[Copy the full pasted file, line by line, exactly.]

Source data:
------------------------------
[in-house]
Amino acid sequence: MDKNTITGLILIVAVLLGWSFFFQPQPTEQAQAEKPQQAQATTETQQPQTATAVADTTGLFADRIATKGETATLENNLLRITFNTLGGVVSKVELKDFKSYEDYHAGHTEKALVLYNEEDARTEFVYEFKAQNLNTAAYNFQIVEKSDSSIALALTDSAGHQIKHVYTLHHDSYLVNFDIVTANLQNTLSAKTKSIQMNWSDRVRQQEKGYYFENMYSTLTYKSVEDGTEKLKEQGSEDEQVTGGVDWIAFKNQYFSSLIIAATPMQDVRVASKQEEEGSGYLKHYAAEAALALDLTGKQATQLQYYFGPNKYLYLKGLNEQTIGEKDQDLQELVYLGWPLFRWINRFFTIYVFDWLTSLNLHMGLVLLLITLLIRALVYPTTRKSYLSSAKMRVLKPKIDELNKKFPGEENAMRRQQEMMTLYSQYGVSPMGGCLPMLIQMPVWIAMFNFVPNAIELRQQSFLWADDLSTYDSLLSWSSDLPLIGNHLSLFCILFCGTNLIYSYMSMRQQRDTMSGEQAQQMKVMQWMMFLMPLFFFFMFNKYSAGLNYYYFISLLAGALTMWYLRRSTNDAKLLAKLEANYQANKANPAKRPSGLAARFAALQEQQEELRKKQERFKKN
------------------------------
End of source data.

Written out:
[in-house]
Amino acid sequence: MDKNTITGLILIVAVLLGWSFFFQPQPTEQAQAEKPQQAQATTETQQPQTATAVADTTGLFADRIATKGETATLENNLLRITFNTLGGVVSKVELKDFKSYEDYHAGHTEKALVLYNEEDARTEFVYEFKAQNLNTAAYNFQIVEKSDSSIALALTDSAGHQIKHVYTLHHDSYLVNFDIVTANLQNTLSAKTKSIQMNWSDRVRQQEKGYYFENMYSTLTYKSVEDGTEKLKEQGSEDEQVTGGVDWIAFKNQYFSSLIIAATPMQDVRVASKQEEEGSGYLKHYAAEAALALDLTGKQATQLQYYFGPNKYLYLKGLNEQTIGEKDQDLQELVYLGWPLFRWINRFFTIYVFDWLTSLNLHMGLVLLLITLLIRALVYPTTRKSYLSSAKMRVLKPKIDELNKKFPGEENAMRRQQEMMTLYSQYGVSPMGGCLPMLIQMPVWIAMFNFVPNAIELRQQSFLWADDLSTYDSLLSWSSDLPLIGNHLSLFCILFCGTNLIYSYMSMRQQRDTMSGEQAQQMKVMQWMMFLMPLFFFFMFNKYSAGLNYYYFISLLAGALTMWYLRRSTNDAKLLAKLEANYQANKANPAKRPSGLAARFAALQEQQEELRKKQERFKKN